Skip to content

Legislative Updates

By: Paul Grossman, JD

In June 2013, the U.S. Department of Education Office for Civil Rights (OCR) issued a Dear Colleague letter along with a “Know Your Rights” supplement concerning pregnant and parenting students under Title IX of the Education Amendments Act of 1972 (available at  This letter called on campuses to provide accommodations to students who were pregnant or have recently given birth, even though the students are not individuals with disabilities.  “Any special services provided to students who have temporary medical conditions must also be provided to pregnant students.”  On many campuses, this started closer communication between individuals responsible for the implementation of Title IX and those individuals responsible for the implementation disability anti-discrimination laws (Section 504, ADA Titles II, ADA Title III).  Indeed, on some campuses, lead responsibility for application the 2013 guidance was assigned to a Disabled Student Services Director.   While there is speculation as to continuing viability of the DCL guidance, the opinion of a Federal District Court in Shank v. Carleton, 232 F. Supp. 3d 1100 (D. Minn. 2017) suggests that we all may be overlooking an equally or more urgent cross-cutting issue, one not dependent on any dear colleague letter.

Shank v. Carleton

Over the course of her education, Ms. Shank was twice the victim of rape; on both occasions while she was under-aged and intoxicated.  Under Title IX, Ms. Shank sued Carleton College, seeking to hold it responsible for being “deliberately indifferent” to wide-spread under-aged drinking, in effect, knowing of this wide-spread practice, condoning it or doing nothing to prevent it, including the foreseeable consequence of an increased risk of sexual assault.  The federal district court, seeing this as too much of a causal stretch, granted Carleton’s motion to dismiss this claim, “tolerating students’ misuse of alcohol—even with knowledge that such misuse increases the risk of harmful behaviors such as sexual assault—is simply not the same thing as actual knowledge of sexual assault.”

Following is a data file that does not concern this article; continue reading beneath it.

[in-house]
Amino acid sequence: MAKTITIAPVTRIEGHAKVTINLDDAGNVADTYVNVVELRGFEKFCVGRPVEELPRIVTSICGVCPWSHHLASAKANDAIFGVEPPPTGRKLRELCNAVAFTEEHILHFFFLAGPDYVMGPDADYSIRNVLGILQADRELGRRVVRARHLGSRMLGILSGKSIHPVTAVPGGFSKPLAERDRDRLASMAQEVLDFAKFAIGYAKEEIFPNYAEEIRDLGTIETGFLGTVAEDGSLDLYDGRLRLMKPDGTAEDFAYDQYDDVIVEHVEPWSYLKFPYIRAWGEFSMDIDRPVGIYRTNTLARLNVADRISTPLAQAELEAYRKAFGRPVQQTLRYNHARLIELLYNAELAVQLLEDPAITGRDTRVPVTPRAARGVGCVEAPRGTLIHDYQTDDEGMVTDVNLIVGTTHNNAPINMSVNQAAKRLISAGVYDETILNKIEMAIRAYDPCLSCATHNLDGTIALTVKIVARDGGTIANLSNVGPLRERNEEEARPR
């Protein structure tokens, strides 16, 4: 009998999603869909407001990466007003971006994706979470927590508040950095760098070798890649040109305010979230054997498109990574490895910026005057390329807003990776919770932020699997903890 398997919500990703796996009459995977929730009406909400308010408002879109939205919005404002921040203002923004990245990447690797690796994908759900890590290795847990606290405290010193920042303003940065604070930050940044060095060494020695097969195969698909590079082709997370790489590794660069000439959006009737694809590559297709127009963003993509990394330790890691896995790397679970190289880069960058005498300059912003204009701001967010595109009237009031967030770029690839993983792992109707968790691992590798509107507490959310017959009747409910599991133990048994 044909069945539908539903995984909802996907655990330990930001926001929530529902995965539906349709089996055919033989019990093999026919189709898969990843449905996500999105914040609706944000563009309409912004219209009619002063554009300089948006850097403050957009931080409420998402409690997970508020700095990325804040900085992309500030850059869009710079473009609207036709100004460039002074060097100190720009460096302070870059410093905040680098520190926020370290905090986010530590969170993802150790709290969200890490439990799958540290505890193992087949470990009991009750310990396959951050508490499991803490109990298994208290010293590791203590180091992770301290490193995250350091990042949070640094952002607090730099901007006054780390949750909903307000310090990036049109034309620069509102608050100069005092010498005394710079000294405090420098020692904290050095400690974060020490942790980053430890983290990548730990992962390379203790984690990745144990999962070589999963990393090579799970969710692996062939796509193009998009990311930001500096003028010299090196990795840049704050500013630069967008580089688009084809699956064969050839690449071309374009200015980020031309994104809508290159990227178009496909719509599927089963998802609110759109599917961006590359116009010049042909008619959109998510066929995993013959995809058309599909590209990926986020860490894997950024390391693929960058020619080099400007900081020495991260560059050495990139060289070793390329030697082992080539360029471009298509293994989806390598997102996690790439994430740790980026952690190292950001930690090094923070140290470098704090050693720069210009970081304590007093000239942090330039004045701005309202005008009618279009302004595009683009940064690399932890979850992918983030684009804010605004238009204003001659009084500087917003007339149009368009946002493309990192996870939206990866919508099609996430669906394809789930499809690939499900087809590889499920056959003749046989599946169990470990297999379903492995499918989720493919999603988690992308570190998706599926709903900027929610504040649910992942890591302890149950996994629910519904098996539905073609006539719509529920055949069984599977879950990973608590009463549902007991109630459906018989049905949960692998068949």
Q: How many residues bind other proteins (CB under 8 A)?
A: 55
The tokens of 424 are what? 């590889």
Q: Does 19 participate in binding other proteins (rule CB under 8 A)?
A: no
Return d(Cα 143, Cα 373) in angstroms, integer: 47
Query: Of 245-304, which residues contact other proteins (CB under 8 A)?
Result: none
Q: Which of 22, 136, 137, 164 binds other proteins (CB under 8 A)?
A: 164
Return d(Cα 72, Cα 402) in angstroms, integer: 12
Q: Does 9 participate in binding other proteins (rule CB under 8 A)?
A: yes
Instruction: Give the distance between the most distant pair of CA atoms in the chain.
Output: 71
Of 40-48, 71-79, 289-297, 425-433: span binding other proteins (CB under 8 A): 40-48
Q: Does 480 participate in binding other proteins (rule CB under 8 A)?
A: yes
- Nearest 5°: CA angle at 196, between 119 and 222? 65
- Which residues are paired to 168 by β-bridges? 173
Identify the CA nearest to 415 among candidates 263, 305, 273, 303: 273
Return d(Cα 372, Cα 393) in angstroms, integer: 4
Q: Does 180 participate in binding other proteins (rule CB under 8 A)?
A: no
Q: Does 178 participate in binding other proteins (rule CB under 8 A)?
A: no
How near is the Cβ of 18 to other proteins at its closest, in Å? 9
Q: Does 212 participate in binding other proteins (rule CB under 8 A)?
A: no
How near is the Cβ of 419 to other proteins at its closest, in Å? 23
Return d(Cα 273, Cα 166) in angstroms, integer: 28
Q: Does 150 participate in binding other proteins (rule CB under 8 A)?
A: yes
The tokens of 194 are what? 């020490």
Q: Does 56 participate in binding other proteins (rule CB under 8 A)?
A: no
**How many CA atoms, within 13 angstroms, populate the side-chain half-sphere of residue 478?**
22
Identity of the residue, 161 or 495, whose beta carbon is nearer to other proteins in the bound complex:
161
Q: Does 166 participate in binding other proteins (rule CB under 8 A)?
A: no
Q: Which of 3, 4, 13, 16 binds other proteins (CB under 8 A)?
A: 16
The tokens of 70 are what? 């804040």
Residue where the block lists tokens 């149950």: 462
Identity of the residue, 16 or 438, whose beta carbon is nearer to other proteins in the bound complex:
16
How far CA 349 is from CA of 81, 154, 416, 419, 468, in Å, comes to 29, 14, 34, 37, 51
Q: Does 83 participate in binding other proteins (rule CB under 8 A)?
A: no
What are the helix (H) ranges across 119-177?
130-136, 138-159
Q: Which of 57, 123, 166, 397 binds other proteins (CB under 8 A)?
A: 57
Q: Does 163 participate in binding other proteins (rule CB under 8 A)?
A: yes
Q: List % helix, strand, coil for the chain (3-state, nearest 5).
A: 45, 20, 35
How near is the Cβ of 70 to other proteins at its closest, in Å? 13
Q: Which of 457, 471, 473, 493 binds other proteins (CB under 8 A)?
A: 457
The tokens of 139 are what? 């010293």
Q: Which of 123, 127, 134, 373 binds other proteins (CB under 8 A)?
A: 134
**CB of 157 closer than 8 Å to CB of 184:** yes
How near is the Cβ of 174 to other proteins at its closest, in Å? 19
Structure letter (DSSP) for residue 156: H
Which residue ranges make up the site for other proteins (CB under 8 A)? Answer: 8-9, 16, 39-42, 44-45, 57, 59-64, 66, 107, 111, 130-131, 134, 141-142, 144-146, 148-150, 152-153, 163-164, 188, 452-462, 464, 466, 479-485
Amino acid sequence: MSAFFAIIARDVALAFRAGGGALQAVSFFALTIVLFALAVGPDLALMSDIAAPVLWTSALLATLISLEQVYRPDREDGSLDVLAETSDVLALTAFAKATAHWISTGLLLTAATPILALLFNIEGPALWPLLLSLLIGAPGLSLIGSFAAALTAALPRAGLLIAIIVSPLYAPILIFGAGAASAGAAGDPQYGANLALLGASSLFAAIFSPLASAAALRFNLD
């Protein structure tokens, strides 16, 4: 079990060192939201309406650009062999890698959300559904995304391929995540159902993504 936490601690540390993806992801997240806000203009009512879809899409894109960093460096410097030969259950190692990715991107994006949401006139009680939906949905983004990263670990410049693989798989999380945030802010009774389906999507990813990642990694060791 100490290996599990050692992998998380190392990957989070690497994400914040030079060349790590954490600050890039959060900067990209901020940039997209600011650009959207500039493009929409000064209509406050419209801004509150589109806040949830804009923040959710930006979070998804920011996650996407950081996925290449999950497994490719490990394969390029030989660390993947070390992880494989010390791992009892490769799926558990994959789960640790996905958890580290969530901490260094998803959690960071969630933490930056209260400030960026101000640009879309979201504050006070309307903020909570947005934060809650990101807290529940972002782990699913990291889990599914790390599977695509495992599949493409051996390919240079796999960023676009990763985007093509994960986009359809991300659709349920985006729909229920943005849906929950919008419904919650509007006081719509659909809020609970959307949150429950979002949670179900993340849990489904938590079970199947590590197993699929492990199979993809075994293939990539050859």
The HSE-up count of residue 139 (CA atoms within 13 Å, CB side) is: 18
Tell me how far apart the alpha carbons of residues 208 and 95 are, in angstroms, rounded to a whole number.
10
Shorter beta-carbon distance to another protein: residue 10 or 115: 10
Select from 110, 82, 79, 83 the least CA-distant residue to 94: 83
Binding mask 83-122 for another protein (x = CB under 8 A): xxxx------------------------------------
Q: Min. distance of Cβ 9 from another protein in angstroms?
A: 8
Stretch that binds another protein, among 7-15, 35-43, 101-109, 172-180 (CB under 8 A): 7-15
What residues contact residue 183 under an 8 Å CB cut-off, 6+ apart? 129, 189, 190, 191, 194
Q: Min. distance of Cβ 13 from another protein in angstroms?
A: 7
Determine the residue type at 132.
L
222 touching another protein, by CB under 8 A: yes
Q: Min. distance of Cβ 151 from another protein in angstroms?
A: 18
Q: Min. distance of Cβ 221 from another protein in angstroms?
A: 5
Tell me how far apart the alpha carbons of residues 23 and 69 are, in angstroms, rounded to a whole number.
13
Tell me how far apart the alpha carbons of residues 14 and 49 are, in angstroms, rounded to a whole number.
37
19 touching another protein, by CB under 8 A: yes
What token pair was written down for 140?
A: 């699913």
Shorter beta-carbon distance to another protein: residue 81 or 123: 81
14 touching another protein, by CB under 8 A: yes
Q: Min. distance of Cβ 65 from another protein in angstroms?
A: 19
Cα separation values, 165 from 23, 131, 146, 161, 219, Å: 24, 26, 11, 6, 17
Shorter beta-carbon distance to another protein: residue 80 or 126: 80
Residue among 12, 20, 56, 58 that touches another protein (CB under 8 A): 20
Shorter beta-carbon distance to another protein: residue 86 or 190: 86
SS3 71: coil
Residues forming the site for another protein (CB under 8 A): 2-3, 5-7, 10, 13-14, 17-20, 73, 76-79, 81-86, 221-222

HOWEVER, the court refused to grant Carleton’s motion to dismiss with regard to the adequacy of its response to notice by Ms. Shank that she had been raped, with regard to claims under:

  • various state law-based actions;
  • Title IX; and,
  • Section 504 as well as Title III of the ADA for an alleged failure to accommodate the Post Traumatic Stress (PTS/PTSD) caused by the two rapes.

As presented in  record, so far,  the court had good reason not to grant Carlton’s motion to dismiss; noting that Ms. Shank had alleged that: as a condition to learning the disposition of her claims against one of the alleged perpetrators (Student One), Carleton had required her to engage in a highly problematic one-on-one meeting with the student, failed to suspend or expel Student One or Student Two; failed to appeal the very minimal sanctions assigned to Student One by an University administrative hearing body; failed to provide a promised no-contact order to Student One until months after it was issued; refused to give Ms. Shank the written outcome of the adjudication hearing against Student One; failed to take action in response to Student One’s violation of the no-contact order; and allowed the campus to be a “zone of danger” for Ms. Shank.

Clearly, all the surviving claims are appropriate for resolution under Title IX.  But what about Section 504 and the ADA?  The court stated:

Shank alleges that Carleton breached its duty to accommodate her disability by refusing to suspend or expel either Student One or Student Two; failing to remove notations from her academic record that she had dropped several classes; and failing to offer other academic accommodations, such as permitting her to attend classes remotely or allowing her to take only those classes held in sections of the campus where Student One was unlikely to appear. [citations omitted]